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Mona Charen: What Has Become of the Spirit of Tahrir Square?

Post-Mubarak Egypt is a reminder of the dangers of chaos

“The police are afraid,” an Egyptian reported after witnessing 80 prisoners, some armed with machetes and guns, break out of a jail in Cairo. It was one of many such jailbreaks in the past three months. Crime, an unwelcome weed in the garden of the Arab Spring, has proliferated in the months since the Hosni Mubarak regime was driven from power. Egypt today is plagued by sectarian violence, kidnapping and hooliganism. The police, who kept order through brutality and intimidation during the Mubarak era, are now too cowed to act.

At a soccer match between the Egyptian and Tunisian teams, The New York Times reported, a referee’s call on behalf of the Tunisians led to a riot. Spectators rushed the field, attacking the referee and the visiting team. Two players were sent to the hospital.

Critics of American policy in the Middle East have often condemned our traditional support for “stability.” America’s sole concern, they said, was for the reliable flow of oil. To secure the juice for our SUVs, we were willing to overlook atrocious human rights abuses, repression and economic backwardness in the region.

This wasn’t just a leftist critique. Former President George W. Bush, announcing his departure from that approach, told a London audience in 2003 that “in the past, (we) have been willing to make a bargain to tolerate oppression for the sake of stability. ... Yet this bargain did not bring stability or make us safe. It merely bought time while problems festered and ideologies of violence took hold.”

In that spirit, many former Bush administration officials cheered the uprisings in the Arab world. They argued, not without some plausibility, that the freedom agenda advanced by President Bush was bearing fruit and that the United States must, at all costs, associate itself with the people’s thirst for freedom and dignity and not with the repressive, discredited regimes.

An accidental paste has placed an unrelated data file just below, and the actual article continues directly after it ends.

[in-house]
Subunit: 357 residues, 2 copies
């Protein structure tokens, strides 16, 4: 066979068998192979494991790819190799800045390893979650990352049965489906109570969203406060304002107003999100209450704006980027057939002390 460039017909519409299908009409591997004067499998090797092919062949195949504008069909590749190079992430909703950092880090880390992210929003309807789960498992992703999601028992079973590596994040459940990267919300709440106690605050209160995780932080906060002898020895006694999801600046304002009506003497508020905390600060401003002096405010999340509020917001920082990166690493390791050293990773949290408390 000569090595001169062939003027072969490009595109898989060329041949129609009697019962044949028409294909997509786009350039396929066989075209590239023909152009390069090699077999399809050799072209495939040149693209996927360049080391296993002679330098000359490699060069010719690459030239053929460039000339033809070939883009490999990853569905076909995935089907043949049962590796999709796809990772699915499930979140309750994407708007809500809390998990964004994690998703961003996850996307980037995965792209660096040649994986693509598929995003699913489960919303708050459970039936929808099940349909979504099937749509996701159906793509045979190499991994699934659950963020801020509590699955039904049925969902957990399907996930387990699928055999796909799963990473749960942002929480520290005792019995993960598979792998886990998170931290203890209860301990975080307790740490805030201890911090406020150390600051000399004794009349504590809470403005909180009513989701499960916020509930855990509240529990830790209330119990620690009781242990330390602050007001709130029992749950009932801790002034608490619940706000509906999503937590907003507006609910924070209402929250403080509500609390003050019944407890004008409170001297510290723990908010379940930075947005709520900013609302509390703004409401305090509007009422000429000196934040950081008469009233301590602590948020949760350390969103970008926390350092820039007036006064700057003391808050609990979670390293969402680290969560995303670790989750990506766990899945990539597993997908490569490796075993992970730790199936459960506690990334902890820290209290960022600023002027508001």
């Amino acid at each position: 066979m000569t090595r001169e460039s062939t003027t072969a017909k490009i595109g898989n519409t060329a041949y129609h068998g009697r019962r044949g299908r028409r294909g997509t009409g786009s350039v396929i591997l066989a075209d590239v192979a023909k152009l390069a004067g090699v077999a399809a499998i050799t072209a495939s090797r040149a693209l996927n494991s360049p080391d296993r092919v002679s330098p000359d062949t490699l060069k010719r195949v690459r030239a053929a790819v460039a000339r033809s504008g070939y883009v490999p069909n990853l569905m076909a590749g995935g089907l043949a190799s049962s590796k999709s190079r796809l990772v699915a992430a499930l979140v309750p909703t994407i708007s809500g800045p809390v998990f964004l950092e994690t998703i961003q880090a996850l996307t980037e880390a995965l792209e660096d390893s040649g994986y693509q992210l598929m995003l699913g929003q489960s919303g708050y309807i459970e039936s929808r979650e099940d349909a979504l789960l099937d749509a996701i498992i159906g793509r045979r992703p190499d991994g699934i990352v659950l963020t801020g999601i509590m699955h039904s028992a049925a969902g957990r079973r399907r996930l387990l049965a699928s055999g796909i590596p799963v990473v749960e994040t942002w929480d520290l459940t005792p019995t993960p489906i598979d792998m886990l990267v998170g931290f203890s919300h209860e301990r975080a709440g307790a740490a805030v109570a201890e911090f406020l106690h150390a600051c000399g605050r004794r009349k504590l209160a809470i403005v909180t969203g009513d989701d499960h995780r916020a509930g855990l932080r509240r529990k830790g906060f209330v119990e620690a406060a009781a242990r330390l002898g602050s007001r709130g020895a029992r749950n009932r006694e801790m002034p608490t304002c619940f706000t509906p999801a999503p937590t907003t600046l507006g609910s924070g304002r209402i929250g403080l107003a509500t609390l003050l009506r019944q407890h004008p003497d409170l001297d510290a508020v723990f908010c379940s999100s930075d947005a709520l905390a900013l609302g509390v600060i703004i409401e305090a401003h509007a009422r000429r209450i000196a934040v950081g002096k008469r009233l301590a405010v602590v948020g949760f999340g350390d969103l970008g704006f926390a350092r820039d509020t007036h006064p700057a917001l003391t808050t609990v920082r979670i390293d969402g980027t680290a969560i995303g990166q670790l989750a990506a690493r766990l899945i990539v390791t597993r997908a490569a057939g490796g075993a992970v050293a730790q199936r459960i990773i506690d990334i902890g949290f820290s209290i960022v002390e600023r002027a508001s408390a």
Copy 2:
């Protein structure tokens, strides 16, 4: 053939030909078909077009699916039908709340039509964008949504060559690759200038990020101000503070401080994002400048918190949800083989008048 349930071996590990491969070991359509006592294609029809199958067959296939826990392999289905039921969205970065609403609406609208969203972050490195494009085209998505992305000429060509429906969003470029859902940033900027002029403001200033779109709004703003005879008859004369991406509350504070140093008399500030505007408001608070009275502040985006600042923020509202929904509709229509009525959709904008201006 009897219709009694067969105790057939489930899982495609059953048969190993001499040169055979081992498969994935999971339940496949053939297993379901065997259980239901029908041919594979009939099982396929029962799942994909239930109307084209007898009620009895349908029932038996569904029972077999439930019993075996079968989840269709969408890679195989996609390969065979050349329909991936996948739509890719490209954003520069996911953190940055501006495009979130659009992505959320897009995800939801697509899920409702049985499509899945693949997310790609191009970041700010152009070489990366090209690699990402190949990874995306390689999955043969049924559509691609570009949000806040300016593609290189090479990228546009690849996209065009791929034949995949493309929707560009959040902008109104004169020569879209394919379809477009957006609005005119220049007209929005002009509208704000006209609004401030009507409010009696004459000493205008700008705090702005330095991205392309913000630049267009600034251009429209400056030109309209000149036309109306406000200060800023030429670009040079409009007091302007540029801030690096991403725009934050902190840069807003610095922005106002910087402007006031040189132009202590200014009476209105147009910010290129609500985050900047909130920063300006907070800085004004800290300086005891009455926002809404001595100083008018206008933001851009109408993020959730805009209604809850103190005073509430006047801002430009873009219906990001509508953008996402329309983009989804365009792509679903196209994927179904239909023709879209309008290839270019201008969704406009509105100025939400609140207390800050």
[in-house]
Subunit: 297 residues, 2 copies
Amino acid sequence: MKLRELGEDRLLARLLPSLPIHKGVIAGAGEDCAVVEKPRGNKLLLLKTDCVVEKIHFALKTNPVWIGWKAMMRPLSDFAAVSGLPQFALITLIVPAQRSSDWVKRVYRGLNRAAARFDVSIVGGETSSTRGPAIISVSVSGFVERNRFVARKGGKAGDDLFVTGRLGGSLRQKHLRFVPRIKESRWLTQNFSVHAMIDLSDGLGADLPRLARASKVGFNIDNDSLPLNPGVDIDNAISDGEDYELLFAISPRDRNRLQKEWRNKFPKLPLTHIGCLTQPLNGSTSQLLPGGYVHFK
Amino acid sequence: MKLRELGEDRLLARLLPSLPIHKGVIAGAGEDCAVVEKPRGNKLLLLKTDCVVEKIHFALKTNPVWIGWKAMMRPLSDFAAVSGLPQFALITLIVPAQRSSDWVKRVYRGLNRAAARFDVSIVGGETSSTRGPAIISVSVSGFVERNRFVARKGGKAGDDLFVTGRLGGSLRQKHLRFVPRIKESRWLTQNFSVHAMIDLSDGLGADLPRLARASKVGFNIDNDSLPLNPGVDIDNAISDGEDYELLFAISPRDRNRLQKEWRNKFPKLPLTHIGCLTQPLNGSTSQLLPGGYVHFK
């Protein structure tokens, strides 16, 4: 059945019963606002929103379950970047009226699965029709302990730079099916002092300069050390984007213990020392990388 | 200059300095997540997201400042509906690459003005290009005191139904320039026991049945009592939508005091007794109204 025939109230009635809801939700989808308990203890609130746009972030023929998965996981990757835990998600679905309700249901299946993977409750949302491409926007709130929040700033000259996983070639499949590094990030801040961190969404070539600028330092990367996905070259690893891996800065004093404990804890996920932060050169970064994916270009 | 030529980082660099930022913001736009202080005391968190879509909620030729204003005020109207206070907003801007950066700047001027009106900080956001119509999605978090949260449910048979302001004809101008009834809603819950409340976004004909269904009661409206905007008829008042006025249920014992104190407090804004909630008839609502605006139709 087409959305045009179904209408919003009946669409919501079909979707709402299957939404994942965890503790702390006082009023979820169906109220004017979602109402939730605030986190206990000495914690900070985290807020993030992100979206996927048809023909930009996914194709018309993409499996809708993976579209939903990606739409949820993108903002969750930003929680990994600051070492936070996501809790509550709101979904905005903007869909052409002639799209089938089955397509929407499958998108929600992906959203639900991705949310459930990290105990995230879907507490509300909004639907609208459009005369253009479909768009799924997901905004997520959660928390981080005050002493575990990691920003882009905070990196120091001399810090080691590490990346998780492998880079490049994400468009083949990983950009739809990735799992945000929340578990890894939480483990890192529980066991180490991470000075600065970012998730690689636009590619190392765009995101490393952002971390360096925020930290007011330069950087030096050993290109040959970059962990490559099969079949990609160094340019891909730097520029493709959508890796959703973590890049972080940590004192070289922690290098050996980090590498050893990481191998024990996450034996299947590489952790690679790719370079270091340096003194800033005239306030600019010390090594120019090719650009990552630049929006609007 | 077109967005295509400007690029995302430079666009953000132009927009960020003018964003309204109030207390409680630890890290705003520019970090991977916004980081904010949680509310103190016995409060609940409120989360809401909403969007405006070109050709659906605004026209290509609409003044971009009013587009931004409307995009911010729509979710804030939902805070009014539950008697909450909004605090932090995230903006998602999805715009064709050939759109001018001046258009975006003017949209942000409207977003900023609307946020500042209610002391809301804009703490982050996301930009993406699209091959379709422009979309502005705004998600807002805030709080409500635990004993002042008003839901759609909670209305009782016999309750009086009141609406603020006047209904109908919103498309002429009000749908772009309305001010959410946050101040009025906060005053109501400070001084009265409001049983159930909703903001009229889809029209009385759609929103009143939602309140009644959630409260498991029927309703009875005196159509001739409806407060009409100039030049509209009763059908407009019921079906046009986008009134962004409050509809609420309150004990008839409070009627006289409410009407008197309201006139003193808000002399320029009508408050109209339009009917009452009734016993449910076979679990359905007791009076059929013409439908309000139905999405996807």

But to be a conservative is to resist romanticism. A key conservative insight, dating to Edmund Burke (“Good order is the foundation of all things”), cautions that chaos is the enemy of liberty, justice and prosperity. The rule of law, property rights, respect for the rights of minorities and an independent judiciary do not spring fully formed from popular uprisings.

Additionally, not all repressive regimes are created equal. In the Muslim world, the worst regimes — Syria, Iran, Libya — have been those most hostile to the United States. It is precisely because the leaders of the Egypt and Tunisia (no Democrats admittedly) were unwilling to engage in the kind of savage crackdowns on their people undertaken by the barbarians (see above) that they were deposed.

Post-Mubarak Egypt is a reminder of the dangers of chaos. During the Tahrir Square demonstrations in February, religious differences were papered over. “We are all one: Muslims and Christians are one,” demonstrators chanted. That spirit hasn’t lasted even a season.

In the course of the past few weeks, repeated clashes have erupted between Copts and Muslims in Egypt. Two enormous Coptic churches have been torched, and dozens of people have been killed and wounded in street battles. A Muslim crowd estimated at 15,000, armed with Molotov cocktails, clubs and guns, attacked a much smaller group of Copts who were demonstrating outside a Cairo TV station. The police were absent as usual. The violence was belatedly halted by the army.

Intra-Muslim violence has erupted as well. Salafists have attacked Sufi mosques and shrines, as well as Coptic churches, and the small Shiite community has suffered violence and intimidation. The Muslim Brotherhood, which had spoken soothingly of its willingness to let others lead during the Tahrir Square days, has now alarmed secularists and Copts by suggesting that Islamic law in the land of the pharaohs is the goal after all.

Of the 24,000 prisoners who escaped during the uprising against Mubarak, 8,400 are still at large, along with 6,600 weapons stolen from government armories.

Relations between Egypt and Iran have improved.

The Egyptian economy was fragile before the revolution. It has gotten much worse. The Asia Times reports that tourism has collapsed. Remittances from guest workers abroad are estimated to be half what they were in 2009. As the Weekly Standard reported, “Egypt is running out of food, and, more gradually, running out of the money with which to buy it. ... Egypt imports half its wheat, and the collapse of its external credit means starvation.”

The most important nation in the Arab world is teetering. This is not an endorsement of the Mubarak regime, but simply a reminder of the centrality of that most uncharismatic yet indispensable of virtues — prudence.

Mona Charen writes for Creators Syndicate. Click here for more information or to contact her.

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